Archive for September, 2007

Online Grading Program Misses Being Formative


I talked to an educator whose school implemented a new online program that keeps track of the attendance and puts the homework assignments and quiz dates online for students and parents. After the work has been graded or a test scored, the grades can be released online. I applaud this program for making students and parents aware of what topical information is going to be covered and then providing the grading on these. This creates a grading accountability.

However, I think that the program is typical of a summative approach to learning. There is no learning accountability. If the program had a comment box where teachers could put in a comment or two about specific ways for the students to improve then the students would know how to be successful in the course. They could do better academically in the class. Such an online program would be formative and not grade-this-quiz summative. Likewise if each homework or quiz was labeled with a specific standard such as 1.1 or 2.3, then the program could report on standard learning accountability. If the program could group all quizzes and homeworks by the standard, such as all 1.1 work, then the online program could report out standard learning success. Parents and students would know more than just grades, they would know how far their child had progressed in each of the standards.

What does your online grading program do?

Multiple Assessments from the Same Authentic Task

A business teacher was telling me that she used one task as the pre-test for her course. She had the students word process a a business application business letter and email it to her. She checked whether they could 1) use business email procedures, 2) do attachments, 3) use the proper format for a business letter, 4) write in a business style, 5) do an application letter, and 6) write well. She scored each skill on a scale of 4 (above proficiency) to 1(does not demonstrate proficiency). The students took about 25 minutes of class time to do the task and she took about 1 hour to rate each student’s work and record the information. However, with only 1 1/2 hours of time, she knew how to change the course to best fit the needs of the students. She could modify her plans so that students would be successful. She could skip those skill areas that all students had demonstrated. She had used just one task to get a richness of information (6 different skills) about the students.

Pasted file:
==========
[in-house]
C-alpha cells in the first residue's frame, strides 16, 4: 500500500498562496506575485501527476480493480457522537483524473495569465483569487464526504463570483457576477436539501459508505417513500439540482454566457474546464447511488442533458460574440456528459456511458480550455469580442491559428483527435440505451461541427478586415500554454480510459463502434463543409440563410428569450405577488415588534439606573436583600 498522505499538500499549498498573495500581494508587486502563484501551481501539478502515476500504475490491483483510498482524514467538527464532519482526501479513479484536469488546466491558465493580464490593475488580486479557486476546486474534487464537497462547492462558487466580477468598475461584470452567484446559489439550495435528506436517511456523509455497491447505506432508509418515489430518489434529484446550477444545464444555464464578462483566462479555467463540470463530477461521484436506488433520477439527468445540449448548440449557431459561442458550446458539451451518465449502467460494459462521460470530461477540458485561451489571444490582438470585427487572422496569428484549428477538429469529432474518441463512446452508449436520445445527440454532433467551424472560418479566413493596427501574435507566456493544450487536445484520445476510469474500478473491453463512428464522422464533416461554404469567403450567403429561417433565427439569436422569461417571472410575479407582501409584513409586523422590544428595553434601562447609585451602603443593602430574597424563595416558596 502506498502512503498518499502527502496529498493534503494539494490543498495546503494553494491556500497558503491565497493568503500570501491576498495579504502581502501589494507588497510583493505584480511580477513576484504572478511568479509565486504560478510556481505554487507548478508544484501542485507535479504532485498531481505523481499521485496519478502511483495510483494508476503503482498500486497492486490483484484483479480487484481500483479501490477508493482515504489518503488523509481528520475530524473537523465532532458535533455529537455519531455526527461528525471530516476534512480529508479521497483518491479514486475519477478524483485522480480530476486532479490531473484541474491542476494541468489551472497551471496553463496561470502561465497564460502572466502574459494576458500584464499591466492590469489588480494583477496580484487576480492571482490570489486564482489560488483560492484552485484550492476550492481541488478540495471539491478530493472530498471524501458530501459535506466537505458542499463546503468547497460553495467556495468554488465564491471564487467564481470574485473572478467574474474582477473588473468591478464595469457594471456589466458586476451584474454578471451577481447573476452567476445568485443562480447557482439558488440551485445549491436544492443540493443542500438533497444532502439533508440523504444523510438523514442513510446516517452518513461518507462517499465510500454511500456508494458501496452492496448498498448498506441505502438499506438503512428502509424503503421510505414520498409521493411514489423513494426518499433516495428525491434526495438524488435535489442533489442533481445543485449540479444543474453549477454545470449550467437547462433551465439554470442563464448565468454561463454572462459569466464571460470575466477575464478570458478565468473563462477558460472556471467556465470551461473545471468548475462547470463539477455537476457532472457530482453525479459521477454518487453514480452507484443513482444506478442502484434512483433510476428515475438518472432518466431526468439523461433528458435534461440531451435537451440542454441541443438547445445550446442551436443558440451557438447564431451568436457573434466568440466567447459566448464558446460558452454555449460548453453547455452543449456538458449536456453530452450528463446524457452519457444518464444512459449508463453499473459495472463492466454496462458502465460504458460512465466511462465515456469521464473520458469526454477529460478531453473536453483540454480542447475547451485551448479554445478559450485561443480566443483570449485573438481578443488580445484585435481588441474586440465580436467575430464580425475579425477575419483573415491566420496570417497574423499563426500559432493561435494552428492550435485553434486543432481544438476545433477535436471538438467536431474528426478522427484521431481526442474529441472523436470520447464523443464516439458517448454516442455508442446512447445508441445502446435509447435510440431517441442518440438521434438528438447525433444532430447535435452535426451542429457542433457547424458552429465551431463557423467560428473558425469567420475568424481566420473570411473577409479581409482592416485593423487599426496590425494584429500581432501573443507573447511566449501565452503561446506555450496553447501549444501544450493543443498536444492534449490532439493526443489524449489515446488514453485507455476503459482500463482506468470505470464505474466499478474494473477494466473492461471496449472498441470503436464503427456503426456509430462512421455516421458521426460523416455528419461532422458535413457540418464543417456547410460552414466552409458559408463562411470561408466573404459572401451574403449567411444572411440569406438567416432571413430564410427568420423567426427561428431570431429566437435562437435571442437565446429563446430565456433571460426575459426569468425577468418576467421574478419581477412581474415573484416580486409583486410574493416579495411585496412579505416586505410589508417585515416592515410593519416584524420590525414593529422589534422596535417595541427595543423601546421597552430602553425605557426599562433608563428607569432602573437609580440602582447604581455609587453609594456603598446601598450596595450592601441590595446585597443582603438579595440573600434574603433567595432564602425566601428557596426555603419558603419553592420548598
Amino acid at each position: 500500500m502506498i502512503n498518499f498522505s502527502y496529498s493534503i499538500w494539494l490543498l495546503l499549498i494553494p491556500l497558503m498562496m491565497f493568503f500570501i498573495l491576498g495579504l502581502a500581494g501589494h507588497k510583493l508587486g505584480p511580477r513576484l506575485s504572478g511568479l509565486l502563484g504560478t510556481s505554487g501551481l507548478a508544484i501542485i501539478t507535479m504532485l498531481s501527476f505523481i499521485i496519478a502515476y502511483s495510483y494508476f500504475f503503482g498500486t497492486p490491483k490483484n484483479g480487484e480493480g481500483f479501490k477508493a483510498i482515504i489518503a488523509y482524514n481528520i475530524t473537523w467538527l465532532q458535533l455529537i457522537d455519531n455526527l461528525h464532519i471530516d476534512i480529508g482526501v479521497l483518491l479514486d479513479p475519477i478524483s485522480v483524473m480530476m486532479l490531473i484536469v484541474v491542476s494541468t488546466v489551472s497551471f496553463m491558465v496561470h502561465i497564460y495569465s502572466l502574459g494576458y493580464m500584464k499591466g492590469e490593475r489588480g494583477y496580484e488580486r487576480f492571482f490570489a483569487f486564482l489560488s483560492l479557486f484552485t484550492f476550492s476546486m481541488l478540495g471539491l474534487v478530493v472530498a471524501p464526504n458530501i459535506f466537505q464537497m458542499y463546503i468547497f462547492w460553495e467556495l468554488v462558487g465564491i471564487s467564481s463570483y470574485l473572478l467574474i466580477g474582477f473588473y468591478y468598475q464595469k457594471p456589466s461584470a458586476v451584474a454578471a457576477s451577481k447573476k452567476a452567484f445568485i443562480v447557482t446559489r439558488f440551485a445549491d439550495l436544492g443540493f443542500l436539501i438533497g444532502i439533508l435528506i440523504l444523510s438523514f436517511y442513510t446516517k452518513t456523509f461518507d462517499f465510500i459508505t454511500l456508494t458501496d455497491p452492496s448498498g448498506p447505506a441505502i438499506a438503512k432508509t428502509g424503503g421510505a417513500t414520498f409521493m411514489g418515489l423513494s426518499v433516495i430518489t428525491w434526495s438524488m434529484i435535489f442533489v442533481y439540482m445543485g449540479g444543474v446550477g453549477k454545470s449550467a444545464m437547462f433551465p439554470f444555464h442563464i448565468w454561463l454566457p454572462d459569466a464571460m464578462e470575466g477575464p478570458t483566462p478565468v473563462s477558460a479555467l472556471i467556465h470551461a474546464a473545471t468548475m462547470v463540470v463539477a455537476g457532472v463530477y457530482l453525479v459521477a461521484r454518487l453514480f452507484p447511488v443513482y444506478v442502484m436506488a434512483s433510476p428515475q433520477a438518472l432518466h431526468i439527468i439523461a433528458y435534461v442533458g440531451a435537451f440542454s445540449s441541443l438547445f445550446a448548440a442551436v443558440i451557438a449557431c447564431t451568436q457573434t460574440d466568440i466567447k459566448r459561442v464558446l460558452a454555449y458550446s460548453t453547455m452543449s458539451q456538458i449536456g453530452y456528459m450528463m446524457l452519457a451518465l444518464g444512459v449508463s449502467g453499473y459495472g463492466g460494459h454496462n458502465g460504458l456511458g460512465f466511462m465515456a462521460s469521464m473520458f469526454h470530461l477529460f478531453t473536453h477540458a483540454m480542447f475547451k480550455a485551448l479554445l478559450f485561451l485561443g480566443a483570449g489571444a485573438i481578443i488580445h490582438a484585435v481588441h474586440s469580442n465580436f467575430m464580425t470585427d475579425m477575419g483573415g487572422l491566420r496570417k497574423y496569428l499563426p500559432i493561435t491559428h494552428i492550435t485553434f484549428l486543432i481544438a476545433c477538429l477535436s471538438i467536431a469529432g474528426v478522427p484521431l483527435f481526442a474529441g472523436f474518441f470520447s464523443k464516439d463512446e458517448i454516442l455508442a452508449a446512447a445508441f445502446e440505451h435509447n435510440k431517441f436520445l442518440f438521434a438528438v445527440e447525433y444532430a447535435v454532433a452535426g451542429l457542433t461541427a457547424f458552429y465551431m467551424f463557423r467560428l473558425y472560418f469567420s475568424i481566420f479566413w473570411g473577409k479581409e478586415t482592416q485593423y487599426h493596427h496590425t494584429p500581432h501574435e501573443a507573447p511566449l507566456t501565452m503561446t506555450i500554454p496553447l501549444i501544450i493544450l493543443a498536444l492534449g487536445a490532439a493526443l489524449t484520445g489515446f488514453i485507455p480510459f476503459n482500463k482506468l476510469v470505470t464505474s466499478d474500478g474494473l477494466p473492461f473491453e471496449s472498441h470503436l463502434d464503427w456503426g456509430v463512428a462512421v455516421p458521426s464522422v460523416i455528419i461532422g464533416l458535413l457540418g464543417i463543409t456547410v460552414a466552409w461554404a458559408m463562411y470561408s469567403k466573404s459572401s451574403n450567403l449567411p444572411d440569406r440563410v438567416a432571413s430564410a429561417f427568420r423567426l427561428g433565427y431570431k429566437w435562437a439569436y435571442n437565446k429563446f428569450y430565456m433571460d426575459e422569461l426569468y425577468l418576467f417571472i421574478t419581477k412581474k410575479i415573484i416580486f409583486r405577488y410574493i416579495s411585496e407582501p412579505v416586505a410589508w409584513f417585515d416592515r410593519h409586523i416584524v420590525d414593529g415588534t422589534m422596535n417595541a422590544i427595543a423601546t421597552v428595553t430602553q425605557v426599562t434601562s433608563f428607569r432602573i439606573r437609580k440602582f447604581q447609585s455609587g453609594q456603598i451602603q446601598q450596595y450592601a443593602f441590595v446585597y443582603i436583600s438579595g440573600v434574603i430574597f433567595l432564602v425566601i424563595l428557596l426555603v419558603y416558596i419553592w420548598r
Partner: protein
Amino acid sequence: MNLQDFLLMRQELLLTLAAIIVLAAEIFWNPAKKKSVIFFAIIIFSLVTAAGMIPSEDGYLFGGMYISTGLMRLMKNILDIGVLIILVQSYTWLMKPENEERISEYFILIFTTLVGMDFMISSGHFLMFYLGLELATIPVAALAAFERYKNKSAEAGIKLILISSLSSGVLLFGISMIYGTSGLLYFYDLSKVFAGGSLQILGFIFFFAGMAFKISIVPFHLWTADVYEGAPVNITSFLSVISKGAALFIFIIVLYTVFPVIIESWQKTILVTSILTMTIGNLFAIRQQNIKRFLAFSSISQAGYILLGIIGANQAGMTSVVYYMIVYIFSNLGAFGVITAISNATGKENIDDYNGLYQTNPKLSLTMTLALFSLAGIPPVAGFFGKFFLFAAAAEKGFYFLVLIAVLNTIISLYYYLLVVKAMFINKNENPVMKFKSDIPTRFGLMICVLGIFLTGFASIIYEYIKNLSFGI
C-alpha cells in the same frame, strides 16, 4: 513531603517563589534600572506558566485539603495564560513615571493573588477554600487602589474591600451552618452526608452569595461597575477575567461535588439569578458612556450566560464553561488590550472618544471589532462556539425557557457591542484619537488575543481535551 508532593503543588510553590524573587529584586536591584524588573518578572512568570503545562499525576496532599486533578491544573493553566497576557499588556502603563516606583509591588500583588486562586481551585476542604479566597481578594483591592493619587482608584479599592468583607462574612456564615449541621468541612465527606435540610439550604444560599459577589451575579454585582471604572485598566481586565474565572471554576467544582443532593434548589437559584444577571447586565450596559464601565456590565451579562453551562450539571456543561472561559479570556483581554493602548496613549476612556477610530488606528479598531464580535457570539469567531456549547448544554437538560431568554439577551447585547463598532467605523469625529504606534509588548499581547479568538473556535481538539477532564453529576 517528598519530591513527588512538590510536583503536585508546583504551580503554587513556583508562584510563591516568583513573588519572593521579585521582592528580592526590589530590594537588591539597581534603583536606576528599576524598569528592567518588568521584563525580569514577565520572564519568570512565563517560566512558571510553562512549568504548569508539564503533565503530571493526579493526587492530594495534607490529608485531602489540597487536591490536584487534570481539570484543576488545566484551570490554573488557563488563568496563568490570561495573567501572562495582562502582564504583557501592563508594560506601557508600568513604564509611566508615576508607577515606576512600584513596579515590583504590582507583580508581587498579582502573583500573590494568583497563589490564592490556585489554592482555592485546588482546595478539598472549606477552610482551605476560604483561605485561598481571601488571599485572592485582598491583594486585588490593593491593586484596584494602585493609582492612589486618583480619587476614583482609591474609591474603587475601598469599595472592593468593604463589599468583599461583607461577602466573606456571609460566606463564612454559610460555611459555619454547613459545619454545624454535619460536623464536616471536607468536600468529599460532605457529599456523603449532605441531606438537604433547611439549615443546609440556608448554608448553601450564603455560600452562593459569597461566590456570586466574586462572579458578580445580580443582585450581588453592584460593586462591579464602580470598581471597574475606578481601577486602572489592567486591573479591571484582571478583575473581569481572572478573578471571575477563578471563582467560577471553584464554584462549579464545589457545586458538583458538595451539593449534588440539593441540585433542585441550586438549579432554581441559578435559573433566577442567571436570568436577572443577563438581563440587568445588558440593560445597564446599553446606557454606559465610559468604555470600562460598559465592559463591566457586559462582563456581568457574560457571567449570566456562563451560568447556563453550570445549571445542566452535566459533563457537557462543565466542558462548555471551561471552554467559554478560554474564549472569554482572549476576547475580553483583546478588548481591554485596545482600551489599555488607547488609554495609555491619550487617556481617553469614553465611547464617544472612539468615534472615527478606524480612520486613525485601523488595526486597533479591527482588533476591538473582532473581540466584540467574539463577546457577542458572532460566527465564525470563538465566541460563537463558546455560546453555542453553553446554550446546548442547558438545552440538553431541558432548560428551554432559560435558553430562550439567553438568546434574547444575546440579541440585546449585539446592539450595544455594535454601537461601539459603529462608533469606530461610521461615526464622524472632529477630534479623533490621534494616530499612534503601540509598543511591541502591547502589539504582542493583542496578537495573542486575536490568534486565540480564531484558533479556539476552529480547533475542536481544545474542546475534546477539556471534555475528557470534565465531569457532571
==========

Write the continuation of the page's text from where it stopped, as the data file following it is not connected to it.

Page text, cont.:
What authentic task do you have your students do that enables you to analyze how well students can demonstrate the many critical skills for your course (or unit)?

Spanish Language Transportes (Transportations) From Various Hispanic Countries

As a Spanish teacher you can use the following Flickr images to show your students the variety of transportation in Spanish speaking countries. These images also provide great speaking and writing opportunities. If you do not teach Spanish, please share with your Spanish teacher. Gracias.

El tranvia -Buenos Aires, Argentina

Transporte popular – Santiago Atitlan, Guatemala

Transporte publico 2 Tijuana, Mexico

Transporte ecologista-Malecón, Centro Habana, Cuba

Transporte – aeropuerto, Madrid, Espana

Transporte – Parque Tezozomoc, Azcapotzalco. Mexico

Transporte publico taxco-Mexico

Transporte publico -Monterrey, Mexico

Servicio de bicicletas – Sevilla, Espana

El transporte -Habana, Cuba

Medio de transporte-izabal, Guatemala

Imagen -transporte Valparaiso, Chile

What other flickr images have you found for Hispanic transportation?

Other Spanish (Hispanic images) for conversations or writing

Spanish streets – Calle

Spanish sports –Deporte

Spanish restaurant Restaurante


Spanish Language Menu




Shiny Bright Student Fomative Learning: Paint Metaphor


I did some painting this weekend. I had to scrap off the old chipped paint, apply a primer, and then paint. I wonder how we preparing students for their learning?

Do we pretest them and report the information back to them so they know how to improve. For the first day of class, I had them do a task which is one of the two tasks on the final. I assessed it according to the writing rubric (analytic assessment with no total) and then returned it to them. In a spreadsheet, I kept track of their analytic scores as well as a running record of their common errors and misconceptions so that I can focus on helping them be successful.